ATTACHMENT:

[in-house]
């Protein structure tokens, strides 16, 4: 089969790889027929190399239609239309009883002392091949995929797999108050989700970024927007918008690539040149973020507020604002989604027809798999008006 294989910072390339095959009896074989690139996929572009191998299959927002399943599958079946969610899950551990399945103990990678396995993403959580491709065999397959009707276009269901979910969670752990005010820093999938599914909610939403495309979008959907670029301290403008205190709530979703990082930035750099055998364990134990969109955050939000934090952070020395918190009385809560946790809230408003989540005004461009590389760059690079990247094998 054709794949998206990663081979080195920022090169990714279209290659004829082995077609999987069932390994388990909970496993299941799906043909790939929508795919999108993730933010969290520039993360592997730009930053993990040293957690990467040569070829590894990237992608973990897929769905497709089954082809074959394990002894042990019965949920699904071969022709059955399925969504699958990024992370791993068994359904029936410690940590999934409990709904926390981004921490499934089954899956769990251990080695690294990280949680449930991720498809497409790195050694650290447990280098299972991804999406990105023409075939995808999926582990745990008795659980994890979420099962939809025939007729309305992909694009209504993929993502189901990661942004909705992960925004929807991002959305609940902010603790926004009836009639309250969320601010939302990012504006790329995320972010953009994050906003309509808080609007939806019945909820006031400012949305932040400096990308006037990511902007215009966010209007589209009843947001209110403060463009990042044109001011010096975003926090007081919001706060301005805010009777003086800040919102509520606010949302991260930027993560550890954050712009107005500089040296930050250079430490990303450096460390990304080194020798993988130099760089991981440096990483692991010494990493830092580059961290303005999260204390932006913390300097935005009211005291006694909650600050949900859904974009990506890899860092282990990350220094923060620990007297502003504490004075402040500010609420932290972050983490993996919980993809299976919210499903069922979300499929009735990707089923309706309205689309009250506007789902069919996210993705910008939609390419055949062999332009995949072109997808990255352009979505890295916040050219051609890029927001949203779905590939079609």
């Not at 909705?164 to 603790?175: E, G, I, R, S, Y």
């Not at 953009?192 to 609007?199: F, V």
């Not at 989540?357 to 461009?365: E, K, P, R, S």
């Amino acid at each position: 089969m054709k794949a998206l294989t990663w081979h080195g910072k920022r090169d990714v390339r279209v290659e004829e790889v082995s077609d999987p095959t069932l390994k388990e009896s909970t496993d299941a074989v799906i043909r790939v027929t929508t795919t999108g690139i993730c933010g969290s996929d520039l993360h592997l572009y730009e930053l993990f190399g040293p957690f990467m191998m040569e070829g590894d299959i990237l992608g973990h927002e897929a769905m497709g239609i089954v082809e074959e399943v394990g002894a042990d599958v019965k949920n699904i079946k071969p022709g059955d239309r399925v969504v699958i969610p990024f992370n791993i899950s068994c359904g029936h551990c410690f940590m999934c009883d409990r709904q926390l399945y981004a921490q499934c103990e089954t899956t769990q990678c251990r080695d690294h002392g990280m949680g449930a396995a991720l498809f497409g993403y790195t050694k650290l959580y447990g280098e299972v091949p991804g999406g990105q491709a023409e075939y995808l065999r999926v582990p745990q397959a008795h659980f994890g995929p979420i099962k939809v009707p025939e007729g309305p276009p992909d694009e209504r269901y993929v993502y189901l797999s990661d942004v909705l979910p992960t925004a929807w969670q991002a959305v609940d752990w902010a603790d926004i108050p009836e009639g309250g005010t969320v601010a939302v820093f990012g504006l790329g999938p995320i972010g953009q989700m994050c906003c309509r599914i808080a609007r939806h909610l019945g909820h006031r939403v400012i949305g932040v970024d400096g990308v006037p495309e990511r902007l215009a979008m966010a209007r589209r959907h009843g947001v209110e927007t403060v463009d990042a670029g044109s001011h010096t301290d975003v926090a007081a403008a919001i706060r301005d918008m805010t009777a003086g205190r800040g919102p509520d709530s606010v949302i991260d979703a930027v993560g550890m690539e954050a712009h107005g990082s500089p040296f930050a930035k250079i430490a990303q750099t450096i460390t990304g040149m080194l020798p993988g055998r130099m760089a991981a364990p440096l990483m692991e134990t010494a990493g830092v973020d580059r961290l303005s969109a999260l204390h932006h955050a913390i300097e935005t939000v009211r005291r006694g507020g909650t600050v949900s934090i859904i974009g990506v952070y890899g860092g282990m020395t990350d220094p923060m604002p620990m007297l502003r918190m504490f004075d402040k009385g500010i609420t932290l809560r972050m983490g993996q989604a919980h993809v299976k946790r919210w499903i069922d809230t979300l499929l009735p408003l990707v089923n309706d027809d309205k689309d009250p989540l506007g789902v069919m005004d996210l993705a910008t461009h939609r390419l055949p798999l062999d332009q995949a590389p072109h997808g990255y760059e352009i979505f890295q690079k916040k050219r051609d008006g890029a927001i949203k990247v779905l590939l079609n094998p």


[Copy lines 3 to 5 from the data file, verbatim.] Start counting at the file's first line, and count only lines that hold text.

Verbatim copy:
């Not at 909705?164 to 603790?175: E, G, I, R, S, Y």
């Not at 953009?192 to 609007?199: F, V």
């Not at 989540?357 to 461009?365: E, K, P, R, S």